|Storm over the Brokenback Ranges, Hunter Valley|
Unfortunately, before the seminar I sat down to a tasting of wines from the Hunter’s Heritage Vineyard Register - twenty utterly glorious bottle-aged single-site semillons and shirazes from the region’s oldest vines. It was awesome: the soul-satisfying complexity of the Tyrrells HVD and Meerea Park Terracotta semillons and the soil-drenched depth of the Drayton Joseph, Tulloch Hector and Mount Pleasant OP&OH shirazes all made the most deliciously compelling argument for classic grapes planted in classic Australian terroir. I left the tasting glowing with patriotic pride: these unique traditional wines are nothing short of national treasures.
Which is not, let me tell you, the best frame of mind in which to sit down to a seminar on alternative grapes. Sure, we tasted some very nice examples of Hunter-grown viognier (the Little Wine Co.), pinot grigio and barbera (David Hook) and tempranillo (Audrey Wilkinson). But I couldn’t get the beautiful, lingering taste of those old classic wines out of my mouth. Why, I kept wondering wistfully (and, unfortunately, out loud), when you already make semillon and shiraz so brilliantly why would you bother even trying to do anything else?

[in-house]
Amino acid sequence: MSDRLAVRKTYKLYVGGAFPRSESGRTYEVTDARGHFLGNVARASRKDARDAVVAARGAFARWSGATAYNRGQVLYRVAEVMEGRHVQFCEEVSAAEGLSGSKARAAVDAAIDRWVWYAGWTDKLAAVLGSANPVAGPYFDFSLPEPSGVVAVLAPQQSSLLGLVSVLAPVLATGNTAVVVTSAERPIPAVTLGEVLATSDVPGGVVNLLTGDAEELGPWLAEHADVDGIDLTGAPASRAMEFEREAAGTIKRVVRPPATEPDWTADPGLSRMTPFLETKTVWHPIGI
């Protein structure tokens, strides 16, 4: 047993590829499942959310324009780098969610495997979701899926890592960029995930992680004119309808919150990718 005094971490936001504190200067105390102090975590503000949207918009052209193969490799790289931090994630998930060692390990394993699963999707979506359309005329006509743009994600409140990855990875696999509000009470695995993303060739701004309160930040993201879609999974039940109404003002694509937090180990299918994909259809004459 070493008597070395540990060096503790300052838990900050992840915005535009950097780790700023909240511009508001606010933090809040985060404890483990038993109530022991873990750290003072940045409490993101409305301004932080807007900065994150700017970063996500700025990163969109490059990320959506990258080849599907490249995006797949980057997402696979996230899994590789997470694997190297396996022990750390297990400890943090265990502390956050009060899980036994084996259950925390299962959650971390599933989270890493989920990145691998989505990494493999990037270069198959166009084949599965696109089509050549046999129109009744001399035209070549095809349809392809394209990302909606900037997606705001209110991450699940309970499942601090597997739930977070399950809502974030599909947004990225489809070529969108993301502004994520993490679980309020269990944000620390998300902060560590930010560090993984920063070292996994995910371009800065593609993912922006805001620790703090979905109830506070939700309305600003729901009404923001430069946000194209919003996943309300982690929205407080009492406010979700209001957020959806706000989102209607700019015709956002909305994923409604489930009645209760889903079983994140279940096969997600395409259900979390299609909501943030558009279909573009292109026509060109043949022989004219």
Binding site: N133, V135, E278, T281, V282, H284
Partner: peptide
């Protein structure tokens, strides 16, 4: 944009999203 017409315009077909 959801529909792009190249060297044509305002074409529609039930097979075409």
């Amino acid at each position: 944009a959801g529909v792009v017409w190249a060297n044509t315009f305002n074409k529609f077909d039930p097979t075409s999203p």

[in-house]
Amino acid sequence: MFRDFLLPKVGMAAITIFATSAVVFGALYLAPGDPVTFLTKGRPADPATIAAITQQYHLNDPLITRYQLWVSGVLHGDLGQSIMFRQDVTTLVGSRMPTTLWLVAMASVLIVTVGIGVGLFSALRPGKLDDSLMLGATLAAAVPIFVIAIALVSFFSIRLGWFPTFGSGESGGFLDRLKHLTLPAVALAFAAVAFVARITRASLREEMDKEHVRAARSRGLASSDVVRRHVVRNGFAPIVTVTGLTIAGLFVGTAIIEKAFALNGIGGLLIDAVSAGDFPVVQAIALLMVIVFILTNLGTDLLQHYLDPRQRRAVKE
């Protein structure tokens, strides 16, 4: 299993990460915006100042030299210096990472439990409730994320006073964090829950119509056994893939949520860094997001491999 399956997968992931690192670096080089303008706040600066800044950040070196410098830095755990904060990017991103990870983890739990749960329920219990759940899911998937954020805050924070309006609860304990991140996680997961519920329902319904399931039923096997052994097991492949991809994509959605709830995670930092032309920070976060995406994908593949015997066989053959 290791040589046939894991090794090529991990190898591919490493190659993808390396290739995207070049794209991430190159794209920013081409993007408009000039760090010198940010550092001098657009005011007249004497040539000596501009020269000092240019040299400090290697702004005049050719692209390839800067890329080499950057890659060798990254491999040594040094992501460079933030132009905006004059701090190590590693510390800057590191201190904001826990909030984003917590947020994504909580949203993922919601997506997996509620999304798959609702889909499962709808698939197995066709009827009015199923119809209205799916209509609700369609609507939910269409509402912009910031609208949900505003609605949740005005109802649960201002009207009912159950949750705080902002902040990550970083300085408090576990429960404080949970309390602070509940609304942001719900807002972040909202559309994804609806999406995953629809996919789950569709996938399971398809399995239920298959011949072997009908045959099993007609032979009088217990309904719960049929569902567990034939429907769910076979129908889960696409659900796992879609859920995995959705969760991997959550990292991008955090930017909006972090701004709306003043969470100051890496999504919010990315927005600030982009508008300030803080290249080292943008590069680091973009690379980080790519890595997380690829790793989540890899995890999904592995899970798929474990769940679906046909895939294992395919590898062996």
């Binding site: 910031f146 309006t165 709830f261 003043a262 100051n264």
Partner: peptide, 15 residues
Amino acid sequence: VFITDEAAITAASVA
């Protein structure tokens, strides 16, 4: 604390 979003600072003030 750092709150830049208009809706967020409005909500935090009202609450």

The answer, of course, is commercial reality.
The fact is that while traditional Hunter semillon and shiraz may well be wonderful drinks, they’re hard to sell, even in the Hunter - especially in the Hunter. Most of the millions of tourists who flock here aren’t after authentic, savoury wines of terroir: they’re after a nice savvy blanc or fruity red to knock back after a hard day’s golf. And as most of the region’s wineries rely on these tourists to survive, the pressure’s on to comply.
So of course winemakers should be exploring the alternatives. But it would be a tragedy to see traditional Hunter semillon and shiraz sidelined or even killed off by market forces, victims of the region’s own tourism success.
This article first appeared in The Weekend Australian Magazine, Feb 6, 2010.